Heading from Breckenridge CO to Palm Springs CA this past week, Steven and I decided to explore some parts of Utah we had not yet seen -- the Capital Reef National Park, and just south of that, the Grand Staircase/Escalante National Monument
Here's the deal. The popular National Parks of this part of Utah - Bryce and Zion - are jammed this time of year. The Capital Reef has only one paved road running through it, otherwise bring your 4-wheeler and higher clearance vehicle. There is only one camp ground. If you want a hotel/restaurant type trip, the town of Torrey at the far side of the park is it -- drive all day, hike and hope to not get lost or stalled by flash flooding, and you eventually get through the park to Torrey.
In addition to having basically 100 miles of sandstone formations, cliffs, canyons, spires, drop offs, and a few million years of geology to ponder, you have it ALL TO YOURSELF. We chatted with a few people here and there. We drove along with a few cars here and there. That's it.
The photo-ops are endless and amazing. It's hard to be the driver because of the constant visual distractions of such exceptional scenery.
Our only disappointment was the one hike we really wanted to do was washed out (flash flooding is common). No worries, we found other places to go. Per my friend Lynn's suggestion, we took the scenic drive toward the camp grounds and got peach pies at The Homestead. Steven suggested we share -- I said "absolutely I am NOT sharing my peach pie." It was maybe the best I have ever had. Peaches picked from their orchards. No more sweet than the fruit itself . Super thin crust. Peaches still a little "al dente" (how do they do THAT?)
The orchard open for free visitor picking was just down the road from the visitor's center-- ginger apples and Bartlett pears.
Capital Reef is an amazing geography lesson as far as the eye can see. You're in the canyons sometimes; on top other times, but always the formations are just right there and then way out there.
Leaving the Capital Reef area, we drove through the incredibly large Dixie National forest (almost as big as our Colorado White River National Forest) - all junipers, pinon pines, and bristlecones. Roll the window down - it is amazingly aromatic. Then we reached The Grand Staircase/Escalante National Monument. You'd think after looking at totally imposing sandstone formations, canyons, walls, and cliffs at Capital Reef you would have had enough - but - no way. The eye candy just kept getting better. We are not good enough hikers/back packers to tackle Escalante, but it did take us all day to do the pull outs and short hikes from there. And, as you will see from a few shots in this collection, we did a little side trip to the Escalante Petrified Forest State Park.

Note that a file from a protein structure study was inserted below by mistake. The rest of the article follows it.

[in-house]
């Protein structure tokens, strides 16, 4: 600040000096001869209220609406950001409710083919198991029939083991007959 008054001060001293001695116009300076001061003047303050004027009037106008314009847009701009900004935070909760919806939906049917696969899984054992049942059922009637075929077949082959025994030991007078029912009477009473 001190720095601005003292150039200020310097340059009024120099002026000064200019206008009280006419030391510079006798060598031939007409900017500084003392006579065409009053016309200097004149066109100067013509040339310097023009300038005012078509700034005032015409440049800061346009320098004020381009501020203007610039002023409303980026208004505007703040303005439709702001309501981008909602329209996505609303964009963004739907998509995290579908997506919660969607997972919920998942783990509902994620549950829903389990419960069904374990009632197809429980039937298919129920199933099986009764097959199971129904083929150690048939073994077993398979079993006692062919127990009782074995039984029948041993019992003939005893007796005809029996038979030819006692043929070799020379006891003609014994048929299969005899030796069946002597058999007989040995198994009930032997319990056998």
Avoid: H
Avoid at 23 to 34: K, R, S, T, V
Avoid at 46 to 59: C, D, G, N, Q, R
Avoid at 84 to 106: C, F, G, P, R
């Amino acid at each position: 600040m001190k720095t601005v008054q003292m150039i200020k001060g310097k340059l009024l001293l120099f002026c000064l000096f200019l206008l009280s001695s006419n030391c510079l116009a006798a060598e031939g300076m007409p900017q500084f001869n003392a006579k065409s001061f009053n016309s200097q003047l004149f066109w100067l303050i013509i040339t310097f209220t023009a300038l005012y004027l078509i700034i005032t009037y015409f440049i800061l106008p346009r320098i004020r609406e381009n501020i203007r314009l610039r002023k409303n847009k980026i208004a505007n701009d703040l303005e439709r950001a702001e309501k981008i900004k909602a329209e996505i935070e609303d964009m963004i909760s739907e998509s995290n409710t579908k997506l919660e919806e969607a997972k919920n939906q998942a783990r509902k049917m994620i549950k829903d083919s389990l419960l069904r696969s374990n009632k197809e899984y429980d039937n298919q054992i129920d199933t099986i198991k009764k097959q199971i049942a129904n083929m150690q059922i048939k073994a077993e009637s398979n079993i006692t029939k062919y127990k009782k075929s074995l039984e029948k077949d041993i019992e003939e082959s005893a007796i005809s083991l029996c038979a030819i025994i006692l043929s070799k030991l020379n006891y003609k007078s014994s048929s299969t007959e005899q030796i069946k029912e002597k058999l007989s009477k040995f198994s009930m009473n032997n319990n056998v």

I've posted a few shots here in the blog to whet your appetite. When you finish, click on "COLLECTIONS" at the top of the page here and select UTAH for the full gallery.
As usual, I can't finish a blog post without a few lessons learned for the photographers.
1. Yep it worked - per my earlier post, Steven was shooting with the Canon 60D and a 250 zoom. He did the long landscapes, keeping his settings mostly on what was best for long depth of field (f/12+; ISO 200). I had my Leica with an 18-55 zoom (wide angle) and also a little pocket Olympus that is handy to have for quick close ups. In effect, we had different equipment, and tried not to overlap too much in what we were shooting.
2. It was pretty hazy in the early morning so we should have added something other than just a UV filter. Post production tended to most of it. If anyone has a good suggestion for which filters would be best for hazy morning sun, let me know.
3. I did a bunch of bracketed shots, hoping to get at least one good HDR. This was also a great location for practicing panning and panoramic overlapping shots. The first shot below is 3 shots stitched together.
I hope you enjoy this collection.